The Wonder Ball was a type of candy, sold in the United States by Nestlé and, later, the Frankford Candy & Chocolate Company.
A Wonder Ball was a spherical, thin shell of milk chocolate with candy inside, wrapped in foil, placed in a small box, and packaged with a collectible sticker. The product’s slogan was “What’s In the Wonder Ball?” Originally called Nestlé Magic Ball, the product used to contain small figurines of Disney characters, similar to the Kinder Surprise which retails in Europe and Canada. However, due to children who didn’t think to break the ball before consuming, the product was withdrawn in 1997, after some children choked on the toys.
In April 2000, the Wonder Ball was re-released with candy in place of the toys. In 2004, the brand was sold to Frankford, which later discontinued manufacturing the Wonder Ball.
U.S. Space Camp is owned and operated by the Alabama Space Science Exhibit Commission d.b.a. U.S. Space & Rocket Center in Huntsville, Alabama. “Space Camp” refers to both the actual encampment and a family of related camp programs offered year-round by the facility. The camp provides residential and day camp educational programs for children in various age groups and adults. These programs include space oriented camp programs, aircraft themed Aviation Challenge camps, and outdoor oriented X-Camp programs, with the intent to promote science, engineering, aviation and exploration.
A Bug’s Life (stylized a bug’s life) is a 1998 American computer-animated comedy-adventure film produced by Pixar Animation Studios. Directed by John Lasseter and co-directed by Andrew Stanton, the film involves a misfit ant, Flik, who is looking for “tough warriors” to save his colony from greedy grasshoppers. Flik recruits a group of bugs that turn out to be an inept circus troupe. Randy Newman composed the music for the film, which stars the voices of Dave Foley, Kevin Spacey, Julia Louis-Dreyfus, Hayden Panettiere, David Hyde Pierce, Joe Ranft, Denis Leary, Jonathan Harris, Madeline Kahn, Bonnie Hunt, Brad Garrett, and Mike McShane.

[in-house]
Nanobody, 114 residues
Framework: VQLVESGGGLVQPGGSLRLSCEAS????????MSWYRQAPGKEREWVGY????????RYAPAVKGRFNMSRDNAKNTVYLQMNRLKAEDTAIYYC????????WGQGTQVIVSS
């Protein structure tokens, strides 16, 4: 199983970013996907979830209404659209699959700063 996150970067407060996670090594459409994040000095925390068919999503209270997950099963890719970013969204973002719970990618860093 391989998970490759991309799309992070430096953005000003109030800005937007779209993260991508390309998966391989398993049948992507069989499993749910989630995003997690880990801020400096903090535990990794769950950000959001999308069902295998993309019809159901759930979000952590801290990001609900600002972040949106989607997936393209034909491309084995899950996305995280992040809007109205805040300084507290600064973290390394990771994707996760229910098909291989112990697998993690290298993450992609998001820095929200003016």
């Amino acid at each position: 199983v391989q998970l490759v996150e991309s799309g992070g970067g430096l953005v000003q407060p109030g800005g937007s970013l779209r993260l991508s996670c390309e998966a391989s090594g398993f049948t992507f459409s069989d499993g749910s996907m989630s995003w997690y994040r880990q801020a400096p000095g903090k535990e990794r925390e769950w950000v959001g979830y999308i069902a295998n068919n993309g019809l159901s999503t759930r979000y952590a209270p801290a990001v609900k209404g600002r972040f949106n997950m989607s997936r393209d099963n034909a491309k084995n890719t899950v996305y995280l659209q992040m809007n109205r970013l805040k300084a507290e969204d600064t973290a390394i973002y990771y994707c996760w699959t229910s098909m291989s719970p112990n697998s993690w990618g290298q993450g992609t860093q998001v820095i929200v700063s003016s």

The film is a retelling of Aesop’s fable The Ant and the Grasshopper that is also a loose remake of Seven Samurai by Akira Kurosawa. Production began shortly after the release of Toy Story in 1995. The screenplay was penned by Stanton and comedy writers Donald McEnery and Bob Shaw. The ants in the film were re-designed to be more appealing, and Pixar’s animation unit employed new technical innovations in computer animation. During production, the filmmakers became embroiled in a public feud with DreamWorks due to a similar film, Antz.
A Bug’s Life was released to theaters on November 25, 1998 by Walt Disney Pictures and was a box office success, surpassing competition and grossing $363,398,565 in receipts. The film received positive reviews from film critics, who commended the storyline and animation. The film has been released multiple times on home video, and its first DVD release was the first wholly digital transfer of a feature film to a digital playback medium.